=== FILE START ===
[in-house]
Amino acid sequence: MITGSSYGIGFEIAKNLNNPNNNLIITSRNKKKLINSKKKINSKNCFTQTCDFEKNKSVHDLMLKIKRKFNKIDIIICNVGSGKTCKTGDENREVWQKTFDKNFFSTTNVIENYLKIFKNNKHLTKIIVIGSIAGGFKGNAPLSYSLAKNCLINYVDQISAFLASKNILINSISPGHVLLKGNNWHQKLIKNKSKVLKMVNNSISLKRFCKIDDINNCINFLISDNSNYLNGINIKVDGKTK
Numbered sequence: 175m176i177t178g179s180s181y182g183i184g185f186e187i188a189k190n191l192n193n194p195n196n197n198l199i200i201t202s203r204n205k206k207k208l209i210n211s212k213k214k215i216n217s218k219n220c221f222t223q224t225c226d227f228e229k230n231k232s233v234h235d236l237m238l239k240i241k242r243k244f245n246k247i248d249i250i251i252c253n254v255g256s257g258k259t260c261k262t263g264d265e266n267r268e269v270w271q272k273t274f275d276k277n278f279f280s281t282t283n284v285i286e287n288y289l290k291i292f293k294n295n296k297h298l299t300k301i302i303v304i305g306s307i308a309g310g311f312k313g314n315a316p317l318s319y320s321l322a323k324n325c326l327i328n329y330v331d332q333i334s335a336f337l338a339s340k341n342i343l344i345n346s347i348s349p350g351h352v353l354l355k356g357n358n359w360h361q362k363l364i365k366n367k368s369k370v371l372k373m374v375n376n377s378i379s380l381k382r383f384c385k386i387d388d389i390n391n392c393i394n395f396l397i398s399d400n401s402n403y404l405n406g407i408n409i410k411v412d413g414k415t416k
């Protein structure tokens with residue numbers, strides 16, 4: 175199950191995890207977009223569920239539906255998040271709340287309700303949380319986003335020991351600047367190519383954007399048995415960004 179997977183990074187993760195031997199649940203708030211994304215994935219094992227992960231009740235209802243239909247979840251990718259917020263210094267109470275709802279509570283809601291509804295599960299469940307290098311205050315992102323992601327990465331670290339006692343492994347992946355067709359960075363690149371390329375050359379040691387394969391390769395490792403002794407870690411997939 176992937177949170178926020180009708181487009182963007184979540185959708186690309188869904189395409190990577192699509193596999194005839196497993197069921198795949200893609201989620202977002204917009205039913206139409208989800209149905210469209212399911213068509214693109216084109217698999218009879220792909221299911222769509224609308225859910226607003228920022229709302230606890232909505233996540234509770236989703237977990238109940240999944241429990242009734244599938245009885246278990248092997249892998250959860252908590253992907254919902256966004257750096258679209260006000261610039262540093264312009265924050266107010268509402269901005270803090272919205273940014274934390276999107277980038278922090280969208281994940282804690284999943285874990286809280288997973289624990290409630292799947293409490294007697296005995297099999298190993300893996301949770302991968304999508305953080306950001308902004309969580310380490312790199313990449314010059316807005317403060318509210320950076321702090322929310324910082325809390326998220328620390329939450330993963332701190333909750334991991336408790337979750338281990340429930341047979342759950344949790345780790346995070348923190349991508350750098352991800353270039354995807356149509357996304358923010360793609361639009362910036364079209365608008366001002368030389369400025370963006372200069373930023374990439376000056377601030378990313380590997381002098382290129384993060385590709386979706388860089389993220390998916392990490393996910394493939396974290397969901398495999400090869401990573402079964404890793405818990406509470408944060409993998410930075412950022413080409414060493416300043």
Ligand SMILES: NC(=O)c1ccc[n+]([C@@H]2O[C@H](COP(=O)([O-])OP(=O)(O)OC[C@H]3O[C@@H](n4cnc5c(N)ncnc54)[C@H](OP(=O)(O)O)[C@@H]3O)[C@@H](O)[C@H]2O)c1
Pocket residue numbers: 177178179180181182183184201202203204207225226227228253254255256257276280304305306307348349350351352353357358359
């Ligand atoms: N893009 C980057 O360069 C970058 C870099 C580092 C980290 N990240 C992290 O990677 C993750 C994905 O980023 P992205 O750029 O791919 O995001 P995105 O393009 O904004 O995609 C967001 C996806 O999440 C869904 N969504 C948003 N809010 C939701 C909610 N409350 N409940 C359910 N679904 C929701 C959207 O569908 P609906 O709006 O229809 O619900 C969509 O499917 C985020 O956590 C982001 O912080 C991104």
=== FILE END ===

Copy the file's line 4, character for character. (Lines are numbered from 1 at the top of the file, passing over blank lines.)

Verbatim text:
């Protein structure tokens with residue numbers, strides 16, 4: 175199950191995890207977009223569920239539906255998040271709340287309700303949380319986003335020991351600047367190519383954007399048995415960004 179997977183990074187993760195031997199649940203708030211994304215994935219094992227992960231009740235209802243239909247979840251990718259917020263210094267109470275709802279509570283809601291509804295599960299469940307290098311205050315992102323992601327990465331670290339006692343492994347992946355067709359960075363690149371390329375050359379040691387394969391390769395490792403002794407870690411997939 176992937177949170178926020180009708181487009182963007184979540185959708186690309188869904189395409190990577192699509193596999194005839196497993197069921198795949200893609201989620202977002204917009205039913206139409208989800209149905210469209212399911213068509214693109216084109217698999218009879220792909221299911222769509224609308225859910226607003228920022229709302230606890232909505233996540234509770236989703237977990238109940240999944241429990242009734244599938245009885246278990248092997249892998250959860252908590253992907254919902256966004257750096258679209260006000261610039262540093264312009265924050266107010268509402269901005270803090272919205273940014274934390276999107277980038278922090280969208281994940282804690284999943285874990286809280288997973289624990290409630292799947293409490294007697296005995297099999298190993300893996301949770302991968304999508305953080306950001308902004309969580310380490312790199313990449314010059316807005317403060318509210320950076321702090322929310324910082325809390326998220328620390329939450330993963332701190333909750334991991336408790337979750338281990340429930341047979342759950344949790345780790346995070348923190349991508350750098352991800353270039354995807356149509357996304358923010360793609361639009362910036364079209365608008366001002368030389369400025370963006372200069373930023374990439376000056377601030378990313380590997381002098382290129384993060385590709386979706388860089389993220390998916392990490393996910394493939396974290397969901398495999400090869401990573402079964404890793405818990406509470408944060409993998410930075412950022413080409414060493416300043």